I did not want her to become an ace professional test taker like so many of my phenomenally talented peers (including my ex) were. Above all, I did not want her to feel like the system had extracted disproportionately more from her than it had given back to her. I did not want her to churn through a process that had to eliminate deserving candidates simply because there was not room enough in elite schools for all of them.

Even today, the Indian system forces a prescriptive rigor that may be completely unsuitable for the temperament of the child. Even today, to be successful a child must become a willing and compliant ally of the system and may not question is percepts or even applicability to their personal goals in life. In my grandfather's time when the country was not bursting at the seams from overpopulation, the education system did not eliminate childhood from a child's life in the process of providing him with an education.

Learning was pleasurable and proceeded at a relaxed pace. A man with a matriculation certficate was qualified enough for a job that could support a family. We don't have the same luxury today and in as such the old education system is no longer supportable. We have no use for philosophers in a time of war.

I wanted for J to have a real childhood, a time when it was okay to spend a entire holiday playing with imaginary friends and not have to worry about school admissions at age three. I realize that nothing significant in life comes free. For everything that J stands to gain from the American system, I have to be prepared to pay a price as well. Yet for all that, I am not covinced that India is a better deal for J.

Saturday, November 25, 2006


I drive through the streets
still dark from the night
lights shining like
jewels on a strand for
endless miles. The radio
whelps a number too
plaintive to hear. Today
I have ears for nothing.
I walk the downtown streets
like a visitor in the city
I have lived in for a year,
Unfamiliar, disoriented but
oddly alert like a sleepwalker
in a caffeine haze.
The regulars stare at me
as I grab a quick McDonald
bite. Across from my park
bench, the sleeping
tramp gets a trooper's prod.
I sit waiting, watch the sun
gently rising upon the
courthouse building.
Today some names link
theirs to mine in a dense
karmic tangle. Craig,
Steve Dana and Pallavi.
On the eighteenth day of
October they together
set me golden
word is spoken

Friday, November 24, 2006


Work was deserted by the lunch hour on Wednesday. Black Friday sales and deals was a topic of conversation among the few of us stragglers that stayed longer. We were talking about a business that could earn down and out students and homeless people some quick cash for squatting in those serpentine queues in pre-dawn vigils for Xboxes and more.

Lazy shoppers could sleep in and still get what they wanted maybe for some extra money. Turns out that there are such services even if not in a very organized way. It usually takes a pretty major crisis to make me go shopping and it would be a cold day in hell before I went near a store the day after Thanksgiving. I prefer to vegetate in the Tryptophan induced stupor from the turkey dinner.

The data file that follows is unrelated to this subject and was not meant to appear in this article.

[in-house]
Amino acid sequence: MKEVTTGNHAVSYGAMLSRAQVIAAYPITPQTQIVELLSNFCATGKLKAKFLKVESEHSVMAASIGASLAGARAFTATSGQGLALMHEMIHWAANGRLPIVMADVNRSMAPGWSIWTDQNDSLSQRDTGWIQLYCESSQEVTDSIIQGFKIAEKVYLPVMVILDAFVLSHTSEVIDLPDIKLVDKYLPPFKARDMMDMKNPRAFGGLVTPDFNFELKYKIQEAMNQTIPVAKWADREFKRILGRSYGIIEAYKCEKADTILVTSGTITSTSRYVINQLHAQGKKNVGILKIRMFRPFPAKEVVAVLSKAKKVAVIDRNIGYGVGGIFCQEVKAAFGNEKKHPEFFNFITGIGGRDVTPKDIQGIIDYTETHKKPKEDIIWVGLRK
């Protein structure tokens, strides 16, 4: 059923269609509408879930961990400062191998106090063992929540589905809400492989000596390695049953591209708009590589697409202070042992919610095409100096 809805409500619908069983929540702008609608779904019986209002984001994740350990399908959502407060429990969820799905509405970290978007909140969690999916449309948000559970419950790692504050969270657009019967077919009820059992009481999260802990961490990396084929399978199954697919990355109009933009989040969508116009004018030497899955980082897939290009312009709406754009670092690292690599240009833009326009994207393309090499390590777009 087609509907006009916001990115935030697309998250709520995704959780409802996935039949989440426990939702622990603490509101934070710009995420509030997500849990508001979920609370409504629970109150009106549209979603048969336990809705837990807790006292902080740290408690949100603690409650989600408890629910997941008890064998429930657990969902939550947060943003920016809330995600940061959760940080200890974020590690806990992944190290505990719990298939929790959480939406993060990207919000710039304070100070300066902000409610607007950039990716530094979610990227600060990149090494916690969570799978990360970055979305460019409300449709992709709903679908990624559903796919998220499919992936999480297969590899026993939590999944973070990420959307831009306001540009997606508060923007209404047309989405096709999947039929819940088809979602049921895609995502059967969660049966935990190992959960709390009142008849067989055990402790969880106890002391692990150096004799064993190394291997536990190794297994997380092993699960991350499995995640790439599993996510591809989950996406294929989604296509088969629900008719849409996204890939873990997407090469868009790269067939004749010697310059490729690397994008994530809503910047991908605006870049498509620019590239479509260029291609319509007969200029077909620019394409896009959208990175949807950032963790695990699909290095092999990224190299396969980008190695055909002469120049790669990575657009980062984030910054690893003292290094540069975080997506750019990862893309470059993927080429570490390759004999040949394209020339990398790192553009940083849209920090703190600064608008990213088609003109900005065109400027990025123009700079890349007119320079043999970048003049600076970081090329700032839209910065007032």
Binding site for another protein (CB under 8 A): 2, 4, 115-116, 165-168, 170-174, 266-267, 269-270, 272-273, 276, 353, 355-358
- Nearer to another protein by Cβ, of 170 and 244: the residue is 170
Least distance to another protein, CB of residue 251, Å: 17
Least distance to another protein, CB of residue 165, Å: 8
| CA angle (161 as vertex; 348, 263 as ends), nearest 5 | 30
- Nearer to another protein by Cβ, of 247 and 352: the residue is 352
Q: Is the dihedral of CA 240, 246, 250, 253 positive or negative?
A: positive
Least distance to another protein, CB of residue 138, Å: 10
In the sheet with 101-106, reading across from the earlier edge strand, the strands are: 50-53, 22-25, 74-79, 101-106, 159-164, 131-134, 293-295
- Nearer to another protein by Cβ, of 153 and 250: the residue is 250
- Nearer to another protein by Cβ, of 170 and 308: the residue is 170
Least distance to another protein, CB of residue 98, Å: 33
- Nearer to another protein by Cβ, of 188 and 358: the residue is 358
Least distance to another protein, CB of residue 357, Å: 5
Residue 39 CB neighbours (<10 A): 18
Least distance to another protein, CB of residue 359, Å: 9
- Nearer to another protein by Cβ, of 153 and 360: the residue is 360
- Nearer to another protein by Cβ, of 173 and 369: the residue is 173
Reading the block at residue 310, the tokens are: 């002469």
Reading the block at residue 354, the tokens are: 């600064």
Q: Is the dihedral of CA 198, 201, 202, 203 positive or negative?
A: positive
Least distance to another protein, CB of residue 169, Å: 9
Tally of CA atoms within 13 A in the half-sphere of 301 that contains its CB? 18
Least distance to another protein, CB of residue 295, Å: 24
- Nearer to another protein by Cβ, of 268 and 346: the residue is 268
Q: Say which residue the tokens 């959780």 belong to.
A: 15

My mother first came to the US the year J was born. I took her shopping a few weeks after Christmas after the frenzy of shopping for deals had died down. I bought her some interesting trinkets and a coat. That was her first time in a mall in the US. She had seen the flyers in the mail in the weeks preceding and knew what was on sale. She has been in the US a few times since then and tells me how it amazes her that nothing changes.

From her predominantly suburban experience in this country, everything everywhere is shiny and new, the style of clothes and the design of jewelry is fairly static as well. Needless to say she finds the jewelry on the flyers too boring to look at. To her all American perfumes smell the same - you could have smelt a hundred different ones and not recalled a single one that stood out. French perfumes to her are the real thing - you remember because it piques your interest with subtle yet significant variation - the sameness about America is pervasive she thinks.
If she had a Macy's flyer from five years ago she would have found very little in it that was different from the one in the mailbox this afternoon.

I'd be curious to see the effects of inflation of the price of a cashmere sweater. To my mother, America is like a shop window mannequin prettied up to attract passers by. Unlike human beings who are buffeted by the forces of circumstances, a mannequin can remain eternally youthful, happy, plastic and perfect . Time does not touch it.

I think each time she comes back, she looks forward to seeing something change - the sameness is at once perplexing and soothing to her. She calls it her escape to a simulated paradise – maybe a Walt Disney version of the real thing but where else would you find a replica of such grand proportions. She find it hard to answer the question that her friends and relatives here ask so often “How do you like it in America ?” Saying I like it just fine is trite, to explain the feeling of having escaped to a world of manufactured serenity that seems to remain unfazed and untouched by a multi-year, nearing trillion dollar war is too complicated.